For the next week, the Xpress' own Justin Souther will be whiling away his time at the Toronto International Film Festival -- getting, in many cases, an early look at what we'll be seeing in Asheville during awards season (which is just about upon us). Since the rest of us are stuck here -- holding down the fort, as it were -- while world-traveler Justin is awash in movies and hob-nobbing with the famous, he has promised to send us updates on his experiences. This is the first. -- Ken Hanke.
These first few paragraphs? Well, I really should’ve written them days ago, maybe even longer than that. You see, right now I’m in Toronto for the Toronto International Film Festival (or TIFF as everyone else calls it). I’d meant to write an introduction days ago -- explaining what the festival is, which movies I’m excited to see -- but life, time, and the Atlanta airport’s need to charge exorbitant amounts of money for WiFi has delayed me.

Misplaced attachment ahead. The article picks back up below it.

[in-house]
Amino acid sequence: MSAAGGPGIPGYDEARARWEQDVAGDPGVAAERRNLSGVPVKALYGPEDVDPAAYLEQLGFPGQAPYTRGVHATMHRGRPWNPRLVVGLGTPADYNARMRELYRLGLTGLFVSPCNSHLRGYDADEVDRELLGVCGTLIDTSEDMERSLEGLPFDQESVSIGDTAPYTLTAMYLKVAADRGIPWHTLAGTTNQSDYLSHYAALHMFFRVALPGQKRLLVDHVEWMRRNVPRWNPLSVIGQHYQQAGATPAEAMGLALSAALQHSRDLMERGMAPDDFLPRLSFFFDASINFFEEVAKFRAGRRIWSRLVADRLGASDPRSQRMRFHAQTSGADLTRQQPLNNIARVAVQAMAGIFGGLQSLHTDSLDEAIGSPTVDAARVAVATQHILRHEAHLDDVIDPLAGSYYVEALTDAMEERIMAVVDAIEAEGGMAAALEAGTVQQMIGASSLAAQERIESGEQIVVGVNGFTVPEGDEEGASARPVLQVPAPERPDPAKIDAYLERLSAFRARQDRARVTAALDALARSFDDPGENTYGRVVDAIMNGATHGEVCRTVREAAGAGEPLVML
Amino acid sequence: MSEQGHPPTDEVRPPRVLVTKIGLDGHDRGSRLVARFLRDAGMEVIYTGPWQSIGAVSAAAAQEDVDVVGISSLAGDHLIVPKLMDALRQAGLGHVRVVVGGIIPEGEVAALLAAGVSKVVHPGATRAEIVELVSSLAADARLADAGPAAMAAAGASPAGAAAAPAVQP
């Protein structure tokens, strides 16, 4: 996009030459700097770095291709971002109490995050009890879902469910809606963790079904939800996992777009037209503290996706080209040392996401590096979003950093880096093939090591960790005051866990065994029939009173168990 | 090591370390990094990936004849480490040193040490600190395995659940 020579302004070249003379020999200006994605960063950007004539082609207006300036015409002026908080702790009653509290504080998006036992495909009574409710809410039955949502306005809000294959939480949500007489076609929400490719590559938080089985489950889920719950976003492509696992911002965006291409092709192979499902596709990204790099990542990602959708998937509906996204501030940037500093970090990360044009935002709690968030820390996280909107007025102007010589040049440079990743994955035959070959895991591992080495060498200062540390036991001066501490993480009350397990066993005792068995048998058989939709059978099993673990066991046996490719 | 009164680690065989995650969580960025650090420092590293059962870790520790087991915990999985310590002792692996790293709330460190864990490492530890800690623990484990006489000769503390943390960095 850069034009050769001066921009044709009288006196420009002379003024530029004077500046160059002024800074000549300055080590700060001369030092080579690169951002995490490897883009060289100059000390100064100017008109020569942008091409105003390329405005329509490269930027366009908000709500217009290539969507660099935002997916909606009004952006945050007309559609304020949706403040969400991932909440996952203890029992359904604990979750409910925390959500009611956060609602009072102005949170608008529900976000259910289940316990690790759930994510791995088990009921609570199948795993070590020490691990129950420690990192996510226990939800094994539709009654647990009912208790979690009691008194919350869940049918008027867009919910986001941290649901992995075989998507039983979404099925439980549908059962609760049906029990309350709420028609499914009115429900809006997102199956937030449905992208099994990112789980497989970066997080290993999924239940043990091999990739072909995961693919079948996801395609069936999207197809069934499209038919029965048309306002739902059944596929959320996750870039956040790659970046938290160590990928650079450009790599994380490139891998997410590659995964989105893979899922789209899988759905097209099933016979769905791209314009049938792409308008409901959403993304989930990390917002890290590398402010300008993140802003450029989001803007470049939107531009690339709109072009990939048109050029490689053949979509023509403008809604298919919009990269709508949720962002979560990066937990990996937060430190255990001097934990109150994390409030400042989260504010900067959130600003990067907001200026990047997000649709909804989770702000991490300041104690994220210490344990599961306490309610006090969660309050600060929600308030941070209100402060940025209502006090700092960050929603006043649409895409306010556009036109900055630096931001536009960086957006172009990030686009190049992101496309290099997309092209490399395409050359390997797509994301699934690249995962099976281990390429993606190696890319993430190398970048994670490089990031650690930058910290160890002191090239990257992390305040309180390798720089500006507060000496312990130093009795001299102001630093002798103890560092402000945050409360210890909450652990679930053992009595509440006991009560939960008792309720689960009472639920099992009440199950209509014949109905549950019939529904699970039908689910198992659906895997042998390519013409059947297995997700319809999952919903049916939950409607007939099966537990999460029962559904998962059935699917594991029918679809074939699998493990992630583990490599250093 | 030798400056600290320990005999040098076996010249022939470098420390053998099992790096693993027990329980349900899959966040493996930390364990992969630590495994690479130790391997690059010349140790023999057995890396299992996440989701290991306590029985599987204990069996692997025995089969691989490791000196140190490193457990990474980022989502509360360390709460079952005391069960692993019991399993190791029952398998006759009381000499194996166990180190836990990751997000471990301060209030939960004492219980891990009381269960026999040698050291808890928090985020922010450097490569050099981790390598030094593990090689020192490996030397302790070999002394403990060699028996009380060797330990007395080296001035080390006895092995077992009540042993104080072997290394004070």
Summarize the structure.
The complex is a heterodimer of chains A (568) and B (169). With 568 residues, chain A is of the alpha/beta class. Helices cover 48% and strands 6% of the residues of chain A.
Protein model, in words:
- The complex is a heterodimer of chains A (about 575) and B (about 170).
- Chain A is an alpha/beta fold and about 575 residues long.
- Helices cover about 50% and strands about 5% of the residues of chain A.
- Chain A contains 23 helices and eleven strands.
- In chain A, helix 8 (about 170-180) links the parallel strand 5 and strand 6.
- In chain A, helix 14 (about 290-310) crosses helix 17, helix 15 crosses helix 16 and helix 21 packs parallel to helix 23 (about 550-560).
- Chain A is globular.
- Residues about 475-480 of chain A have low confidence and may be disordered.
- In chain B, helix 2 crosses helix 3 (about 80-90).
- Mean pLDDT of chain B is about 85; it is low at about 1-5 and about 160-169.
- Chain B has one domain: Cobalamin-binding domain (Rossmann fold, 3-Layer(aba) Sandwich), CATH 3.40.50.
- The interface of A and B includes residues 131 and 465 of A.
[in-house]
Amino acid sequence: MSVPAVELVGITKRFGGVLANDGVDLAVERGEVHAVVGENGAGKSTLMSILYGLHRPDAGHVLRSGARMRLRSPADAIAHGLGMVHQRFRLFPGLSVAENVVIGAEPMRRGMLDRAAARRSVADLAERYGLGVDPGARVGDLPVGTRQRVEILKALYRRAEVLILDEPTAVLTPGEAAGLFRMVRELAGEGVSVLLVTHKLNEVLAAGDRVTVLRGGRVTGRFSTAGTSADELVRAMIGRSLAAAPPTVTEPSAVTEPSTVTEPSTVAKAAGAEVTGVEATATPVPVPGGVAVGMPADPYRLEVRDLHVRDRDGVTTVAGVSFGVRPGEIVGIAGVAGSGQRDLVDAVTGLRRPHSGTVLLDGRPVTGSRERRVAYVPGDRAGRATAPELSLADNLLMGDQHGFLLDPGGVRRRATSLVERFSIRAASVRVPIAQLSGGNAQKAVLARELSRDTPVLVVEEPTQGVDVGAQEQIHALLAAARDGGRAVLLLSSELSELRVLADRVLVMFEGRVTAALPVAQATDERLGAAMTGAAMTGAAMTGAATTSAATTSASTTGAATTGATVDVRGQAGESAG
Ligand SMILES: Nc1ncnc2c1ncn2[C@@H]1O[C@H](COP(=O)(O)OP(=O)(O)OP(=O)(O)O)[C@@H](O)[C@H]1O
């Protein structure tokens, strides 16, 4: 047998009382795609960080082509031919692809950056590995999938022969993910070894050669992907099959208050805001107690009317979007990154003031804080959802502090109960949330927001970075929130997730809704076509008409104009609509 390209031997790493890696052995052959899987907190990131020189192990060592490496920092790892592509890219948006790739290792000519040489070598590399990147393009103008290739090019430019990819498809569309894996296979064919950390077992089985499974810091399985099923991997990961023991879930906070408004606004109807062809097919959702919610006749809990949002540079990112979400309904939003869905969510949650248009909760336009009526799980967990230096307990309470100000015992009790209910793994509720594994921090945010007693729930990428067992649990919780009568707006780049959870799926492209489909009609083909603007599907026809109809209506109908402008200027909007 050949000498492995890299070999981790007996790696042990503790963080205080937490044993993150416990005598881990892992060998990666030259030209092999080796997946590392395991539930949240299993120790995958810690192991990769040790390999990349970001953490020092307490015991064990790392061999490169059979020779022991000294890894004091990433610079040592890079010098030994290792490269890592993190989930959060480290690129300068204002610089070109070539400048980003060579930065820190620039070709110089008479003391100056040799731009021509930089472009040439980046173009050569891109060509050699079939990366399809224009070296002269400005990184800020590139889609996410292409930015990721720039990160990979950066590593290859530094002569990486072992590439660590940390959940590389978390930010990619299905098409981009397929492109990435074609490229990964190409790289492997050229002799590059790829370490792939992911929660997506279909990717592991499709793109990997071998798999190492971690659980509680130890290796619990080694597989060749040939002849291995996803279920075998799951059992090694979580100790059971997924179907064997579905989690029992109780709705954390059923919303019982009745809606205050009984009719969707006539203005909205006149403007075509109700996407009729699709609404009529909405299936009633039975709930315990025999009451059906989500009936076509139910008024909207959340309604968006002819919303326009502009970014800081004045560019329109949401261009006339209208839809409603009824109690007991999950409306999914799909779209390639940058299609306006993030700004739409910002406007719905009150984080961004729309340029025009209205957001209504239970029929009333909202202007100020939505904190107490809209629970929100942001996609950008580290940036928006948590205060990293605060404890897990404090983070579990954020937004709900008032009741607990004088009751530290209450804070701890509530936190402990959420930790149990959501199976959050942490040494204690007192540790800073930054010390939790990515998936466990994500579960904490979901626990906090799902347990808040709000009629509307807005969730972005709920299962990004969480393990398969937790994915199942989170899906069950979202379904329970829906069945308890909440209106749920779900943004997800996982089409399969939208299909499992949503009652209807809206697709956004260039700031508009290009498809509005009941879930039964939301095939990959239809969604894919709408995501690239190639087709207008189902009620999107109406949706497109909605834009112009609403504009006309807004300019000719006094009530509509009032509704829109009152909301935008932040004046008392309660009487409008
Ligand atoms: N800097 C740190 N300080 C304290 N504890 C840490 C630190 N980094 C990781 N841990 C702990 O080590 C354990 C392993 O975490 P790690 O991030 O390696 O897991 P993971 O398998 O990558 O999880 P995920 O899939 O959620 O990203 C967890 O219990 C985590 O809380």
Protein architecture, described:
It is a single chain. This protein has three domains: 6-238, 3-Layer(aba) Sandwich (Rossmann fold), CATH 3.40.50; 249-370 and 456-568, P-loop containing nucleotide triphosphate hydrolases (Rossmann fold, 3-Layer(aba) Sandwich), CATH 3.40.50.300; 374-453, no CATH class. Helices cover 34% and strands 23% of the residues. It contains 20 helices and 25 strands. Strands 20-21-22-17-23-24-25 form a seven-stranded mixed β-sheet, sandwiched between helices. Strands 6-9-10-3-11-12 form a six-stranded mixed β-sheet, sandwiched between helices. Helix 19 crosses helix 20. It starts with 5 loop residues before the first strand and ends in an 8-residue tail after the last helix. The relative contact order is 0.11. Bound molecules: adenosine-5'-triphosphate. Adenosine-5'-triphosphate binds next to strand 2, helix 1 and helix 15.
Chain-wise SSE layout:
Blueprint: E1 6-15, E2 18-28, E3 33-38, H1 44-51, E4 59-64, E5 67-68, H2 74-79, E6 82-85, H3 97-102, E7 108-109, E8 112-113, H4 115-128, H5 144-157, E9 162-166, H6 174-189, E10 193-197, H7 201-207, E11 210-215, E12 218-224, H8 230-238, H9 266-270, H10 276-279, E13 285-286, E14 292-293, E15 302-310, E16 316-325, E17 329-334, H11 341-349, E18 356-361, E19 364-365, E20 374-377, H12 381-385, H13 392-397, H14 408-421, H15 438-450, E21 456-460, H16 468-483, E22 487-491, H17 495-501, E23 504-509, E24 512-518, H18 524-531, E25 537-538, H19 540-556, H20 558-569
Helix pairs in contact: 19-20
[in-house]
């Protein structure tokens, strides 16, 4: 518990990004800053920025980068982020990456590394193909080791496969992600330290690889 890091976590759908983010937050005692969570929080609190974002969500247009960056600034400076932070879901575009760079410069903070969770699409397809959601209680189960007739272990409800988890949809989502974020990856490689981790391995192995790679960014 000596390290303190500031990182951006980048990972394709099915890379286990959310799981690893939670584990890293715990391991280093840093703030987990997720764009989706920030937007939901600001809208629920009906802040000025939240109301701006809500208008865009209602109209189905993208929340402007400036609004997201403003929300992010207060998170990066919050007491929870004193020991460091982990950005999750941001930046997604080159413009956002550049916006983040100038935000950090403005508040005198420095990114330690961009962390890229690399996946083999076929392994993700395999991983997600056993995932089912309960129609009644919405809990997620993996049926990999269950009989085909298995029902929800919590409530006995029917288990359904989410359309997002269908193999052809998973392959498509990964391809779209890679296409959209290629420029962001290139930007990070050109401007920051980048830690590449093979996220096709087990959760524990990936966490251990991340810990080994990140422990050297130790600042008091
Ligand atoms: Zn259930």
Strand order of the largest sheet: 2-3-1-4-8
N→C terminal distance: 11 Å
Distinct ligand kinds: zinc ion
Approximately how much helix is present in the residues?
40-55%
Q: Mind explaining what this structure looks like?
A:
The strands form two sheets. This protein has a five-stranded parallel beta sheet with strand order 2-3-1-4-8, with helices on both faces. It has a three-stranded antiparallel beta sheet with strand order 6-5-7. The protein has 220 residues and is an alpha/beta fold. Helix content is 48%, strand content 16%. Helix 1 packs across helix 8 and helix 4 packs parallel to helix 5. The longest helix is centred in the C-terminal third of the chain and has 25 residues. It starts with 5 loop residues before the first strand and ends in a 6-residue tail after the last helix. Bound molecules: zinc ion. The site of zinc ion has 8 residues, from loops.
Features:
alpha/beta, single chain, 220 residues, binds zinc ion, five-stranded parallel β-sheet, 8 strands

Nevertheless, TIFF -- from everything I can gather -- is North America’s biggest film festival, and probably second only to Cannes at this point on an international basis. I got into Toronto on Wednesday night, and after experiencing the festival for its opening day (TIFF is massive in length, running this year from September 6th through the 16th), I can already tell there’s a lack of pretension -- just a whole lot of people who love watching movies. What’s welcoming about the festival is the diversity in programming. Yeah, you’ve got big name premieres and prestige pictures, a whole slew of documentaries, and an entire program built around experimental cinema. But then you’ll have stuff like Midnight Madness (programmed by Colin Geddes, who some Ashevillians may know as the Festival Director of ActionFest), which is midnight screenings of horror and action flicks (in an act of full disclosure, I’ve been helping out out with the Midnight Madness blog just a teensy bit).